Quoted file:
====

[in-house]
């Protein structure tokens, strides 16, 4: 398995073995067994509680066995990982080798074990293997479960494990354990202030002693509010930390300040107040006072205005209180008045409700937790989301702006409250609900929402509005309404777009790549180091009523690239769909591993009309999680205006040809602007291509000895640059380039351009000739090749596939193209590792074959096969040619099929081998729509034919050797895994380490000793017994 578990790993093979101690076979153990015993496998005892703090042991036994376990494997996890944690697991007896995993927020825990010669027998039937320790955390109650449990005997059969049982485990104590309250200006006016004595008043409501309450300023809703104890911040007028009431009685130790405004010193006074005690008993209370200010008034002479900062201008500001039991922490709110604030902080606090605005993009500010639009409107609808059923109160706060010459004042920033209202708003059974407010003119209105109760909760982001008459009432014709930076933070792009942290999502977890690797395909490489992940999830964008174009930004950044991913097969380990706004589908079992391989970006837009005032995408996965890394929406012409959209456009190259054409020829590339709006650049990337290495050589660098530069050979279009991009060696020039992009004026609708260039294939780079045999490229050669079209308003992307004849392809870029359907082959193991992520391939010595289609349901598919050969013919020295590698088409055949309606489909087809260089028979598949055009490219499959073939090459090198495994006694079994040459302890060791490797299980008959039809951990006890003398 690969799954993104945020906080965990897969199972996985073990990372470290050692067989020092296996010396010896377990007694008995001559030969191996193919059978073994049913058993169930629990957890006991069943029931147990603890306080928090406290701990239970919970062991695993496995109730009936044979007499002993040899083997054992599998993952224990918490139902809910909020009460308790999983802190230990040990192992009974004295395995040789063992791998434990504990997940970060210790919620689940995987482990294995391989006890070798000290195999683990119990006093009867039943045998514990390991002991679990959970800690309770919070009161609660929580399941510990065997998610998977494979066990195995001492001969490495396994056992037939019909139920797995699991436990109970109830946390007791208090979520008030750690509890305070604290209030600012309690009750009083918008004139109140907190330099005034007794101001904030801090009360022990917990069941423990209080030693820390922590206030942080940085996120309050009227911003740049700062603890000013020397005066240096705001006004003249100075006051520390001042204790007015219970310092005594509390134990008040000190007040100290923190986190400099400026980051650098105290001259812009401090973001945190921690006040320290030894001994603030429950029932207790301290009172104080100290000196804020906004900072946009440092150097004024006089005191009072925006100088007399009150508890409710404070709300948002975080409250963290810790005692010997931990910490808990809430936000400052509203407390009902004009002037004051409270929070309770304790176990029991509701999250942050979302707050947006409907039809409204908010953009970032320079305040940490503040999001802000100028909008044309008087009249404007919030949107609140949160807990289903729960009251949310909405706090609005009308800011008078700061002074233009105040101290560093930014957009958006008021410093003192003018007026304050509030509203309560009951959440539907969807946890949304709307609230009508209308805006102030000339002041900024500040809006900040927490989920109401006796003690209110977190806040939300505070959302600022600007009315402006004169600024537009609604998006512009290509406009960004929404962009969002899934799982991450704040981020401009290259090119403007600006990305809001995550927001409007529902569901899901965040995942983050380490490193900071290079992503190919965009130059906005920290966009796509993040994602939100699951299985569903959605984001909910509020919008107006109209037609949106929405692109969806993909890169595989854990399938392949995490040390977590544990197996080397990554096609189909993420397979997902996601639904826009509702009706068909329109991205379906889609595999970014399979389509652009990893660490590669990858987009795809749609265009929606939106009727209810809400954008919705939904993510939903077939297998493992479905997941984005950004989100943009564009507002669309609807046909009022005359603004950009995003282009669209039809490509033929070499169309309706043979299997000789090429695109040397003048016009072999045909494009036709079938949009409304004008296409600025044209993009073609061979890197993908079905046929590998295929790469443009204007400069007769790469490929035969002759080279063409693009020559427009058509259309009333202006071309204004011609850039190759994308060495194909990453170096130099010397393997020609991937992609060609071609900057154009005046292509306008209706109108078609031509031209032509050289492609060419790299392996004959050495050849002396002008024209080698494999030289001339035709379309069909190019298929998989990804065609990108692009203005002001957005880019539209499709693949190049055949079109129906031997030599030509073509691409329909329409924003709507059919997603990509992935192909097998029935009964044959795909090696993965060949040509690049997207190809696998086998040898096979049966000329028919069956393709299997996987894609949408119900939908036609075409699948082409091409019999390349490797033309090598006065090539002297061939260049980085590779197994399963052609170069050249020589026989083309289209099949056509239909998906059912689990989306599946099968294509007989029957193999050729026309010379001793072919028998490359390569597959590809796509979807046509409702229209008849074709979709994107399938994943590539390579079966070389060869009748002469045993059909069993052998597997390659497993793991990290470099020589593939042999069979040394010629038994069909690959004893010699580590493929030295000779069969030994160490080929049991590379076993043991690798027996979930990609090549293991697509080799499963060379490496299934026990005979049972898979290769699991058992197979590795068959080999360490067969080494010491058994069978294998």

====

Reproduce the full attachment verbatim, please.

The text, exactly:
[in-house]
């Protein structure tokens, strides 16, 4: 398995073995067994509680066995990982080798074990293997479960494990354990202030002693509010930390300040107040006072205005209180008045409700937790989301702006409250609900929402509005309404777009790549180091009523690239769909591993009309999680205006040809602007291509000895640059380039351009000739090749596939193209590792074959096969040619099929081998729509034919050797895994380490000793017994 578990790993093979101690076979153990015993496998005892703090042991036994376990494997996890944690697991007896995993927020825990010669027998039937320790955390109650449990005997059969049982485990104590309250200006006016004595008043409501309450300023809703104890911040007028009431009685130790405004010193006074005690008993209370200010008034002479900062201008500001039991922490709110604030902080606090605005993009500010639009409107609808059923109160706060010459004042920033209202708003059974407010003119209105109760909760982001008459009432014709930076933070792009942290999502977890690797395909490489992940999830964008174009930004950044991913097969380990706004589908079992391989970006837009005032995408996965890394929406012409959209456009190259054409020829590339709006650049990337290495050589660098530069050979279009991009060696020039992009004026609708260039294939780079045999490229050669079209308003992307004849392809870029359907082959193991992520391939010595289609349901598919050969013919020295590698088409055949309606489909087809260089028979598949055009490219499959073939090459090198495994006694079994040459302890060791490797299980008959039809951990006890003398 690969799954993104945020906080965990897969199972996985073990990372470290050692067989020092296996010396010896377990007694008995001559030969191996193919059978073994049913058993169930629990957890006991069943029931147990603890306080928090406290701990239970919970062991695993496995109730009936044979007499002993040899083997054992599998993952224990918490139902809910909020009460308790999983802190230990040990192992009974004295395995040789063992791998434990504990997940970060210790919620689940995987482990294995391989006890070798000290195999683990119990006093009867039943045998514990390991002991679990959970800690309770919070009161609660929580399941510990065997998610998977494979066990195995001492001969490495396994056992037939019909139920797995699991436990109970109830946390007791208090979520008030750690509890305070604290209030600012309690009750009083918008004139109140907190330099005034007794101001904030801090009360022990917990069941423990209080030693820390922590206030942080940085996120309050009227911003740049700062603890000013020397005066240096705001006004003249100075006051520390001042204790007015219970310092005594509390134990008040000190007040100290923190986190400099400026980051650098105290001259812009401090973001945190921690006040320290030894001994603030429950029932207790301290009172104080100290000196804020906004900072946009440092150097004024006089005191009072925006100088007399009150508890409710404070709300948002975080409250963290810790005692010997931990910490808990809430936000400052509203407390009902004009002037004051409270929070309770304790176990029991509701999250942050979302707050947006409907039809409204908010953009970032320079305040940490503040999001802000100028909008044309008087009249404007919030949107609140949160807990289903729960009251949310909405706090609005009308800011008078700061002074233009105040101290560093930014957009958006008021410093003192003018007026304050509030509203309560009951959440539907969807946890949304709307609230009508209308805006102030000339002041900024500040809006900040927490989920109401006796003690209110977190806040939300505070959302600022600007009315402006004169600024537009609604998006512009290509406009960004929404962009969002899934799982991450704040981020401009290259090119403007600006990305809001995550927001409007529902569901899901965040995942983050380490490193900071290079992503190919965009130059906005920290966009796509993040994602939100699951299985569903959605984001909910509020919008107006109209037609949106929405692109969806993909890169595989854990399938392949995490040390977590544990197996080397990554096609189909993420397979997902996601639904826009509702009706068909329109991205379906889609595999970014399979389509652009990893660490590669990858987009795809749609265009929606939106009727209810809400954008919705939904993510939903077939297998493992479905997941984005950004989100943009564009507002669309609807046909009022005359603004950009995003282009669209039809490509033929070499169309309706043979299997000789090429695109040397003048016009072999045909494009036709079938949009409304004008296409600025044209993009073609061979890197993908079905046929590998295929790469443009204007400069007769790469490929035969002759080279063409693009020559427009058509259309009333202006071309204004011609850039190759994308060495194909990453170096130099010397393997020609991937992609060609071609900057154009005046292509306008209706109108078609031509031209032509050289492609060419790299392996004959050495050849002396002008024209080698494999030289001339035709379309069909190019298929998989990804065609990108692009203005002001957005880019539209499709693949190049055949079109129906031997030599030509073509691409329909329409924003709507059919997603990509992935192909097998029935009964044959795909090696993965060949040509690049997207190809696998086998040898096979049966000329028919069956393709299997996987894609949408119900939908036609075409699948082409091409019999390349490797033309090598006065090539002297061939260049980085590779197994399963052609170069050249020589026989083309289209099949056509239909998906059912689990989306599946099968294509007989029957193999050729026309010379001793072919028998490359390569597959590809796509979807046509409702229209008849074709979709994107399938994943590539390579079966070389060869009748002469045993059909069993052998597997390659497993793991990290470099020589593939042999069979040394010629038994069909690959004893010699580590493929030295000779069969030994160490080929049991590379076993043991690798027996979930990609090549293991697509080799499963060379490496299934026990005979049972898979290769699991058992197979590795068959080999360490067969080494010491058994069978294998």